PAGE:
Finding just the right place to live is a persistent problem for New Yorkers, and it’s likely to get worse. The city predicts that in the next 20 years, the population will reach 9 million people. Even today, the city’s 1.8 million one- and two-person households face a specific problem: there are only one million studios and one-bedroom apartments available.

To help visualize what life in 325 square feet would look like, the Museum of the City of New York has been hosting an exhibition of a sample unit throughout the summer. The exhibit, which runs through Sept. 2, is now hosting a string of 24-hour residents from different walks of life in the space, which is equipped with a queen-sized bed, flat-screen TV, desk, couch, and kitchen table. Residents so far have included two bloggers, two museum interns, and a couple who hosted a dinner party for 8.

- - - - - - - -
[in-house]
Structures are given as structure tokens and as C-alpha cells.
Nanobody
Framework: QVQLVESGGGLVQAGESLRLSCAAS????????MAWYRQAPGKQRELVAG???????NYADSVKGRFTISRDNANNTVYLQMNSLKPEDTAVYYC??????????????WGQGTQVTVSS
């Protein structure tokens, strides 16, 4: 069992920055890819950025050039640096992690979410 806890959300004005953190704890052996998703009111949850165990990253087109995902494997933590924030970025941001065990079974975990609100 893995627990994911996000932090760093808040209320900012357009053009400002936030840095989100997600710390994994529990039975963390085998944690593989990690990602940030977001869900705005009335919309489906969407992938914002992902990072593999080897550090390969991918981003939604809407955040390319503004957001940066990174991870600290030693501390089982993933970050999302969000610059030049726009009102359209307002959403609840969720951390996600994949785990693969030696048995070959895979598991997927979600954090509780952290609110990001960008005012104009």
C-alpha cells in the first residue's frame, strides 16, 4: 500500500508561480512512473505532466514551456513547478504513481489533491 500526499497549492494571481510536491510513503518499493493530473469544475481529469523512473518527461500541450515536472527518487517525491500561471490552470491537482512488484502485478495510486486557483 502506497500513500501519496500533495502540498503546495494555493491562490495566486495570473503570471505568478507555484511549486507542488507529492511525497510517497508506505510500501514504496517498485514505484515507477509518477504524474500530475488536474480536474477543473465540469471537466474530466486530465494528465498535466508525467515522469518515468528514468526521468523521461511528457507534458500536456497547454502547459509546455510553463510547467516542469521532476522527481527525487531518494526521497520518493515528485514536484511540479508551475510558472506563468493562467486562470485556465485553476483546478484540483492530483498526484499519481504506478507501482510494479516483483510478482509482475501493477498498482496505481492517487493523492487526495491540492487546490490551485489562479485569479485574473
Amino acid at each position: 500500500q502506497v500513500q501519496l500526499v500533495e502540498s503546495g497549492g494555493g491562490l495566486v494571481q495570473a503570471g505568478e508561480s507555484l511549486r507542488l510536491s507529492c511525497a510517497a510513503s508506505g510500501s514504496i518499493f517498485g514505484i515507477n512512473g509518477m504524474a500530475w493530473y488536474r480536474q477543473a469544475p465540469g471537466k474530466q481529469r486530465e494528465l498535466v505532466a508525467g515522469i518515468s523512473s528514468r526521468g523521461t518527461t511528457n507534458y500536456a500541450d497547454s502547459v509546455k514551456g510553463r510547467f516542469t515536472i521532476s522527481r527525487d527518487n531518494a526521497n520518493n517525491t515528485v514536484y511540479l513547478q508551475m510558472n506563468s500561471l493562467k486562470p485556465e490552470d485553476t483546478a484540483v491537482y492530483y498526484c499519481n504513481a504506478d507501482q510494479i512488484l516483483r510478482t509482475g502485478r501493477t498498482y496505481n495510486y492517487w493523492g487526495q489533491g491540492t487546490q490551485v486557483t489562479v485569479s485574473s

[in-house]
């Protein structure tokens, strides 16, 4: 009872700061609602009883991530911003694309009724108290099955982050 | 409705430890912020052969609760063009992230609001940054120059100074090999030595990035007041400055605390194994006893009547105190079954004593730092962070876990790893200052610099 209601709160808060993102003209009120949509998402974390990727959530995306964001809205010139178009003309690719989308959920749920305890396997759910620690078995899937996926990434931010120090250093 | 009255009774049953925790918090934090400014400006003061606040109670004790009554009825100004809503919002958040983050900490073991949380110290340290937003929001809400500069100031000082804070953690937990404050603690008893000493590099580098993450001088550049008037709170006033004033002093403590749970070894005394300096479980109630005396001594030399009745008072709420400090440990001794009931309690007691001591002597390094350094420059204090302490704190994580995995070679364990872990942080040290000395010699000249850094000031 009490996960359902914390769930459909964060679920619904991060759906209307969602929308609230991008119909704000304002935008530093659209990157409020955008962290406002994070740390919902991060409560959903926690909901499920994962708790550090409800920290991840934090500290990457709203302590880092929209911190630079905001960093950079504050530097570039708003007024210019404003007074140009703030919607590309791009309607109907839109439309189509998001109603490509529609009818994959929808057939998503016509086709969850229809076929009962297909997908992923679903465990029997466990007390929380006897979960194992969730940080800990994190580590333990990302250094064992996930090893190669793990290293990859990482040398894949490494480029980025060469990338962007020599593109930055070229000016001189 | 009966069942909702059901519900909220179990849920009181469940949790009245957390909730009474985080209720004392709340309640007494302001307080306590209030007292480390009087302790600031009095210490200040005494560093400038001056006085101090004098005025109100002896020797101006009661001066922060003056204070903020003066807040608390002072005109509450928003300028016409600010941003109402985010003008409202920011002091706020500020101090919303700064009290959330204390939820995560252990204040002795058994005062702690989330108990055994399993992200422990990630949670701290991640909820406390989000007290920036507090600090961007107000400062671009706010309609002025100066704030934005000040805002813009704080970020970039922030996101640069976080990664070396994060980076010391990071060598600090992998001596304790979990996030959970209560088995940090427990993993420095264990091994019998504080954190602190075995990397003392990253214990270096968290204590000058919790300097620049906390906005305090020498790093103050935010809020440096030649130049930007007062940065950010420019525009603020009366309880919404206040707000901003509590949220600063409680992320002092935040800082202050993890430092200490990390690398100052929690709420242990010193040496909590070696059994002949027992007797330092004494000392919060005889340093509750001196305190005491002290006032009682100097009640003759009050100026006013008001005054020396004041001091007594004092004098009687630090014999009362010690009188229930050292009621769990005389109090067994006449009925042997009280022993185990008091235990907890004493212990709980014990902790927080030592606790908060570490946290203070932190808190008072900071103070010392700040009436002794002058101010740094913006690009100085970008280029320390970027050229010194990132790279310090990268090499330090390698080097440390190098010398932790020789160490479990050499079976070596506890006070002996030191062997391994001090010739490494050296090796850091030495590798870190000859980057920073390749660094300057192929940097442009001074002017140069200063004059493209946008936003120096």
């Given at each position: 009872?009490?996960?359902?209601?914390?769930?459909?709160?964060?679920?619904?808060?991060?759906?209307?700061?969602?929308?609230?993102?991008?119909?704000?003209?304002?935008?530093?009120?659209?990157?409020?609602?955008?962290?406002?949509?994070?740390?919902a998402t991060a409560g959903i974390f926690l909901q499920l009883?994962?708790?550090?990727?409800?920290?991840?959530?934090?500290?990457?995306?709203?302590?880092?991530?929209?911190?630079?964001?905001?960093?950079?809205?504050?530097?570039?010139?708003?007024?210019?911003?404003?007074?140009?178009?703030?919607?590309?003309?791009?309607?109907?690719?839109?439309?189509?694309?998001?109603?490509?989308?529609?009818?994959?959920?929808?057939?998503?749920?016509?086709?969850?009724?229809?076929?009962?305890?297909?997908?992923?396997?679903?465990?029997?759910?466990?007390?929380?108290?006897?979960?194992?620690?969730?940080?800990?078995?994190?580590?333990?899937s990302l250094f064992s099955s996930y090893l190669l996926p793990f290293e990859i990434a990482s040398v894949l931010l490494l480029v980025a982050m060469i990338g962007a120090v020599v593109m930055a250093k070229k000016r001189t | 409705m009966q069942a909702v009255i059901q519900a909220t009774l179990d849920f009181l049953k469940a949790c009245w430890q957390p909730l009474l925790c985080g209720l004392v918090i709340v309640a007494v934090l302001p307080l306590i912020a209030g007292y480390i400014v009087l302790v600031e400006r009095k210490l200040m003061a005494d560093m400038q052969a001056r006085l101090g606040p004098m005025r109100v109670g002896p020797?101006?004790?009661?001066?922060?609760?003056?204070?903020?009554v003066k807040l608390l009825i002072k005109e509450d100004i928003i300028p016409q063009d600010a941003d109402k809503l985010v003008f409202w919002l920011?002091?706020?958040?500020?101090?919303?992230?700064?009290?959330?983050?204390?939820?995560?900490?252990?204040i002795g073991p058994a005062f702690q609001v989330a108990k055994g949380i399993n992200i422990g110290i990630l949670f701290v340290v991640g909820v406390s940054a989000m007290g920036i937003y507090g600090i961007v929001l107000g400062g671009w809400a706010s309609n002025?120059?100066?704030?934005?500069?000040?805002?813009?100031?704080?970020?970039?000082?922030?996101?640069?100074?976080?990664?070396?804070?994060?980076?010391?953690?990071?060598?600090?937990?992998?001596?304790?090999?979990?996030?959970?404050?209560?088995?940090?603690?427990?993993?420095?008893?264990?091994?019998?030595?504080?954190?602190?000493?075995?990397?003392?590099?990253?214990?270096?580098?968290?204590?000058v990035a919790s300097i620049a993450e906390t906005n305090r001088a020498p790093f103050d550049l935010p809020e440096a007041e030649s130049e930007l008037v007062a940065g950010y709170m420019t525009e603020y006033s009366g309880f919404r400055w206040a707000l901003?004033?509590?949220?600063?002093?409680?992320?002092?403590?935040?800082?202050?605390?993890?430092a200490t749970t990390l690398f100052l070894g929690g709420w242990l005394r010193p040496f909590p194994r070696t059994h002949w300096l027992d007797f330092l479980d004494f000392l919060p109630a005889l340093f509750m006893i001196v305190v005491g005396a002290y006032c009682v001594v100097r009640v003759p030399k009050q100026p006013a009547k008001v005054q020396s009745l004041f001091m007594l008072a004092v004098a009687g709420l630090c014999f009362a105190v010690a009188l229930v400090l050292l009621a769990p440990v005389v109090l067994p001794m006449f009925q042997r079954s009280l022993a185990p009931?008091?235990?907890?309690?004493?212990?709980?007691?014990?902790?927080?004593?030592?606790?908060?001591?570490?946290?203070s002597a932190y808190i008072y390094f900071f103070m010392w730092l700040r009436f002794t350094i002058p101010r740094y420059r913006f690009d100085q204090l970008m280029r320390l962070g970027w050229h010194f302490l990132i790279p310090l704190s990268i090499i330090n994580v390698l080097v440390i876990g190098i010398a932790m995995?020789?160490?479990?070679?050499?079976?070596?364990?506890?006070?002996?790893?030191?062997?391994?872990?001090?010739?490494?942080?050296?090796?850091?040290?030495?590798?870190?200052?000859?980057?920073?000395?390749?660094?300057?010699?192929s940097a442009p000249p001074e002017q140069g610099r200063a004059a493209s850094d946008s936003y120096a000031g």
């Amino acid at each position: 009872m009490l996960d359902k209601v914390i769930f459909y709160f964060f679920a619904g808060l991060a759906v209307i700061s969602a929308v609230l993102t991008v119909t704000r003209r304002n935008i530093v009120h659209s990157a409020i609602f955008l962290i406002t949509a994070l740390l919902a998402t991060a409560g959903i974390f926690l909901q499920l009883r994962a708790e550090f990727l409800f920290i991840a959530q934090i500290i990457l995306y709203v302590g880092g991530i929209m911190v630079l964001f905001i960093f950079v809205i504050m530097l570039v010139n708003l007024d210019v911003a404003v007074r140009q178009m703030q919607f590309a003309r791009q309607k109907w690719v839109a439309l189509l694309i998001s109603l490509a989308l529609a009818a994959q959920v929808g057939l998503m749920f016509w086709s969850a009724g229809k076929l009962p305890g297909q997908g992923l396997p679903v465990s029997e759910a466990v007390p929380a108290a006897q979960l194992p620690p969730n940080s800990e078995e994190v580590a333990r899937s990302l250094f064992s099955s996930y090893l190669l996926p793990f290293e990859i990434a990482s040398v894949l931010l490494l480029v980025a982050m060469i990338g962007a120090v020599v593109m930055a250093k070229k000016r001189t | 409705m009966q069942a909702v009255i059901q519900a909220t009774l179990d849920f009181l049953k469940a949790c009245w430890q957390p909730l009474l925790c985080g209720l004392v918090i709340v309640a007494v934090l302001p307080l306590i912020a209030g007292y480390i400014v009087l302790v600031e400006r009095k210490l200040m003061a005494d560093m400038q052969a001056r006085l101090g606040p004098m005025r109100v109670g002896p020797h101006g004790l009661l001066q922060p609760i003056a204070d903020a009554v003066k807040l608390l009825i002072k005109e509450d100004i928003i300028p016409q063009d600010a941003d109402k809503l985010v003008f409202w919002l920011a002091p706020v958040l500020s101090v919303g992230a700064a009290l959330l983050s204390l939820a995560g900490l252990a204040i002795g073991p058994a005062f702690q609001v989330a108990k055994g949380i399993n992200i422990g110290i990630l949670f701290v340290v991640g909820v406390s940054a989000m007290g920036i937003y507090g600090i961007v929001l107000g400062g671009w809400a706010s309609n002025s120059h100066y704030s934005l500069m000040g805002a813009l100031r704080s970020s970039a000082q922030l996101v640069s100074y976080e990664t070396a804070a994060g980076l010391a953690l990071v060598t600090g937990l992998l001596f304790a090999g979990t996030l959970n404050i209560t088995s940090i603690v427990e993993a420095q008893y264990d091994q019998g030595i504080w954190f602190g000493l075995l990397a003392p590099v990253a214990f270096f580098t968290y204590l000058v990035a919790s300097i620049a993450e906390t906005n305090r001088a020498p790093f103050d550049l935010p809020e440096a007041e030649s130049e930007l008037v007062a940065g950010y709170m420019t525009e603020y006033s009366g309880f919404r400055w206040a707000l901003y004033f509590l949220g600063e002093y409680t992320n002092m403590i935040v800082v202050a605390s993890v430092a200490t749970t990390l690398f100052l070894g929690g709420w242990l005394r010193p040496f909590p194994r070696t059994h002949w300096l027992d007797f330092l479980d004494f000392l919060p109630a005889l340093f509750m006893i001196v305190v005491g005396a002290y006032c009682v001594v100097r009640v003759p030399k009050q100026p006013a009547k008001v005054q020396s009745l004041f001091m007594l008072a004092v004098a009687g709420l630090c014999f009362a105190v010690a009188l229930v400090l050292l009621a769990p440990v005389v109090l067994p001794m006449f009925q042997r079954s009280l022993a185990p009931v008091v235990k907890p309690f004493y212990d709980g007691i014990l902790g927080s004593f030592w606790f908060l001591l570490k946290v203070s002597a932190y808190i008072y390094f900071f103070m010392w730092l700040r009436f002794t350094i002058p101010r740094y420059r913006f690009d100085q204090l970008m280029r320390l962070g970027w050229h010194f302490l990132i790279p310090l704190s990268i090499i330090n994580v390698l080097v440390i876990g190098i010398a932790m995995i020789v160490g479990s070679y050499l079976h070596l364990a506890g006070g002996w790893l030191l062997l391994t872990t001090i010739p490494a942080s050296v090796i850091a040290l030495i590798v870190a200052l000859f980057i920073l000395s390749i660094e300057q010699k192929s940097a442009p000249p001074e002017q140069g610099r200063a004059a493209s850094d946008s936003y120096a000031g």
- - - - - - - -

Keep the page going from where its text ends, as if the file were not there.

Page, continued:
For the organization behind the museum exhibit, Citizens Housing Planning Council (CHPC), solutions like micro-apartments for New York City are part of its core mission. The independent, non-profit research organization’s Making Room Initiative is honed in on diversifying New York City’s housing stock and getting past the behemoth housing and zoning laws that they feel limit the possibilities.

“Making Room is more about how our physical space should evolve,” said Sarah Watson, deputy director of CHPC, who added that New York City had the first housing policies in the country. That history brings with it a litany of laws and codes that have been layered over the years, instead of reformed, updated, or removed completely to make room for new policies.